Posts Tagged ‘suburban homesteading’

mylarIt’s getting to the time of year when gardeners and homesteaders in many parts of the country are trying to figure out what to do with their leftover seeds or seeds they’ve saved from the summer.

If properly preserved, seeds can last many years. While there are urban myths about seeds from King Tut’s tomb that have germinated, those ‘ancient grains’ stories are all unconfirmed. There is, however, a documented date palm seed discovered at Herod the Great’s palace in Masada that sprouted. This date palm is roughly 2000 years old. How cool is that?

My point is, seeds can remain viable for a very long time. Chances are, you need to keep yours for somewhat less time than Herod’s Date Palm seed and the very best way I know of, is in an ordinary freezer.

I recently ordered a package from  The Seed Guy to be used for long term emergency. The seed packets are already in a Mylar bag, so I will simply write a date on the bag and stick it in the freezer. Simple.

Similarly, as soon as I have finished planting my fall and winter garden for this year, I will go through my leftover seeds and put them into labeled envelopes. I will place the envelopes into Mylar bags like the ones in the photo accompanying this update. I will label and date the bags and into the chest freezer they will go.

If you don’t have access to a freezer or Mylar bags, I recommend wrapping your seed envelopes or packets in aluminum foil and putting them in a tote, tackle box or even shoebox to keep them from being exposed to the sun.  It’s not rocket science and doesn’t have to cost a ton of money.

Sometimes, seed companies offer end of the season sales that can save you a ton on the ever rising cost of seeds.  By storing them properly you can have a great head start on you future gardens.

Finally, in 2016, we’re going to start saving our own seeds. In the past, seeds have been cheap enough that I haven’t wanted to put in the effort. In recent years, however, some seed prices have gone through the roof.  Careful planning and storage can help stave off impulse buying in January when all the catalogs start hitting our mailboxes.

One last tip before I go; check out deals at your local feed store. They often have fantastic prices on bulk seeds. I’ve saved a packet over big box stores by purchasing certain seeds from our feed store.

What are you doing to preserve seeds for future use? I’d love to hear from you. After all, we’re in this together.

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PollinationI’ve been following the story of an Australian certified organic canola farmer who recently lost his organic certification because his fields were contaminated by his neighbor’s GMO crop.  You can imagine how devastating it’s been for him.  He works hard to ‘do things right’ and still ends up with nearby fields pollinating his crops.

The story made me think about how difficult it really is to be truly ‘organic’, especially those of us in the suburbs and exurbs. In most neighborhoods, even those where the HOA still allows back yard gardens, the streets are filled with trucks from those companies that spray yards with fertilizers, weed killers and pesticides.  As closely packed as most subdivisions are, is there really any way to prevent contamination of our gardens?

Calling ‘organic’ a ‘myth’ is perhaps hyperbole, but I wanted to emphasize how very difficult it is to achieve and why so many have given up on the idea.

First of all, there’s the wind that blows wherever it wants. The wind understands nothing of property lines or boundaries. As the neighbor’s lawn care or pest removal service sprays for weeds, bugs and to chemically fertilize, is it unreasonable to believe that wind drift could affect the place next door?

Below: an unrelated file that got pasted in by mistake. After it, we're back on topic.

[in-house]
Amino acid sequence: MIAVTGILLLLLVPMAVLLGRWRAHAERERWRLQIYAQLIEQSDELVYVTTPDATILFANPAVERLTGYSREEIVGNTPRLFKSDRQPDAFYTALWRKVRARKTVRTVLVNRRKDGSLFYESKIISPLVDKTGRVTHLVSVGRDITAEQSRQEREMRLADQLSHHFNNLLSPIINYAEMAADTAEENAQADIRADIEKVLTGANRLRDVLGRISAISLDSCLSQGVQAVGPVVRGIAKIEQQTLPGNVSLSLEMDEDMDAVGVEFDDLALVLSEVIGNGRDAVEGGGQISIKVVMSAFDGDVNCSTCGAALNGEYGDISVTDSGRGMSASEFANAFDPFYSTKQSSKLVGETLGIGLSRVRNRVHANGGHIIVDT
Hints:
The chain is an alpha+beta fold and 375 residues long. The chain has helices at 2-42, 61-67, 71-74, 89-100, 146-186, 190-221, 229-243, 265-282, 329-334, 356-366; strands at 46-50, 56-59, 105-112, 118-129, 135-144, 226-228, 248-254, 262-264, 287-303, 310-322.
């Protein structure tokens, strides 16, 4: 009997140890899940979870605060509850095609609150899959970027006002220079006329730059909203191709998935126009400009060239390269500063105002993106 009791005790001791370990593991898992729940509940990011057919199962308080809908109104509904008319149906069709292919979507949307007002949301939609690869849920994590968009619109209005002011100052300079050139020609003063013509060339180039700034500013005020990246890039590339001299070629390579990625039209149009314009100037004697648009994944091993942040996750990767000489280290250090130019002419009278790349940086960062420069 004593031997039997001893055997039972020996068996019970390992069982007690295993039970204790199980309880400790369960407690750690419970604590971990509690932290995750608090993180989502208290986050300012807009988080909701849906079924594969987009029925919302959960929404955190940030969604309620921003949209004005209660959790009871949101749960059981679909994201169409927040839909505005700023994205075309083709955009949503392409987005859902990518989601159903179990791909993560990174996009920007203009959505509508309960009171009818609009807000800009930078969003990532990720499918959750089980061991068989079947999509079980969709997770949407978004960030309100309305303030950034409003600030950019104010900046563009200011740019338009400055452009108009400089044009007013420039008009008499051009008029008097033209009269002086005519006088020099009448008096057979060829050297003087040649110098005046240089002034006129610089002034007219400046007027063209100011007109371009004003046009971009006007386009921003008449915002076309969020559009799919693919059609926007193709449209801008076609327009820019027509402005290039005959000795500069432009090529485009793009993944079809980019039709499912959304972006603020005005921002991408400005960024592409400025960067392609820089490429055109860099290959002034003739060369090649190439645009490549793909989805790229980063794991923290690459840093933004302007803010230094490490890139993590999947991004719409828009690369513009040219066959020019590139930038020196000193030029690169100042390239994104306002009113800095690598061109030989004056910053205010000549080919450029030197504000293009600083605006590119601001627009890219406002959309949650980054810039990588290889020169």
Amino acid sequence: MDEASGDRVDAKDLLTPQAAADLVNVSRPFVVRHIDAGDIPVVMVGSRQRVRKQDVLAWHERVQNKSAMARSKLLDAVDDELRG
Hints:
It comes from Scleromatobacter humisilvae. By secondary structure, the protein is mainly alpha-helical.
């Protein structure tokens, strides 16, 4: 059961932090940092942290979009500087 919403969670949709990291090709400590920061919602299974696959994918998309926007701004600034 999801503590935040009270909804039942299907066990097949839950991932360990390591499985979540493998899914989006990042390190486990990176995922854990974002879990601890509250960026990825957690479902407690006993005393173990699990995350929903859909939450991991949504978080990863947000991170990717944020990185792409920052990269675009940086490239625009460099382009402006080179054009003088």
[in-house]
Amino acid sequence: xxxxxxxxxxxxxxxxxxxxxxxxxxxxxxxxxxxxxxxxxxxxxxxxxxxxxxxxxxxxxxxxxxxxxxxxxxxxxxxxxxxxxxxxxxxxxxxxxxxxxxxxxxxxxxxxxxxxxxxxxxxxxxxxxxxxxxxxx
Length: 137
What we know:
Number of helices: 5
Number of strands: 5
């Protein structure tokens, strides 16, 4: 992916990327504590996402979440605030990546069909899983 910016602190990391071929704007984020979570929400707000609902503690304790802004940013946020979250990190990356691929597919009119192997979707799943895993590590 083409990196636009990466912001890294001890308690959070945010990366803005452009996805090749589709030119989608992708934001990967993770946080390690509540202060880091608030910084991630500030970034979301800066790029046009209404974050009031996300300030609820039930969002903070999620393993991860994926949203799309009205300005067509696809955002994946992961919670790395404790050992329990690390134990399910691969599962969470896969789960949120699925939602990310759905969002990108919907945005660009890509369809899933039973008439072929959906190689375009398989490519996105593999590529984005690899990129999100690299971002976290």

What about neighborhoods on hills? The yard at the top of a hill gets treated regularly. The neighbor next door or two doors down, is trying to grow an organic garden. Is it assured that during heavy rains, nothing washes into the organic garden and yard?

Then there are the birds, the bees, the insects and the small mammals who roam freely, carrying pollen and everything else they’ve picked up along the way.  They spread it with their feet, their legs, their beaks, their poop.

Out here on the very edge of suburbia, where we live now (sometimes called, the exurbs), we are smack in the middle of  conventional cotton and bean fields. Some of the farmers alternate with rape seed.  The fields are regularly sprayed.  The area is rather wide open and the breezes blow pretty much all the time.  The same birds, bees and butterflies that buzz the bean fields down the road, play on our blossoms, as well.

All we can do, is practice the best natural farming and gardening methods we can, and leave the rest up to nature.  Chemical pesticides, herbicides and fertilizers are not going away anytime soon.  We are surrounded and out numbered. We fight on.

What about you? Do you practice organic growing methods? What challenges do you face? Are you conventional and think the whole organic thing is humbug? We love to hear from readers. Let us know you thoughts.

As a way of saying thanks to all our readers, everyone who comments on the blog during the month of March is being entered into a drawing to win a copy of Ed Smith’s awesome book, “Incredible Vegetables In Self Watering Containers”.

Send us your gardening questions, pics and ideas. We’ll share them with the world.


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American Chinchilla Rabbit

The days are getting shorter.  The nights are slowly cooling down.  I’m loving it.  In fact, I’m taking my morning coffee out to the front porch about 5:30 a.m. and enjoying the early morning cooler temperatures.  Autumn is my favorite time of year and here in Georgia we have long, very long autumns. It’s one of my favorite things about living here.

Fall is also the time of year we start looking ahead to next year.  We review what went well, what went poorly and what didn’t go at all. It’s the season in which we breed our goats, our cows and our rabbits.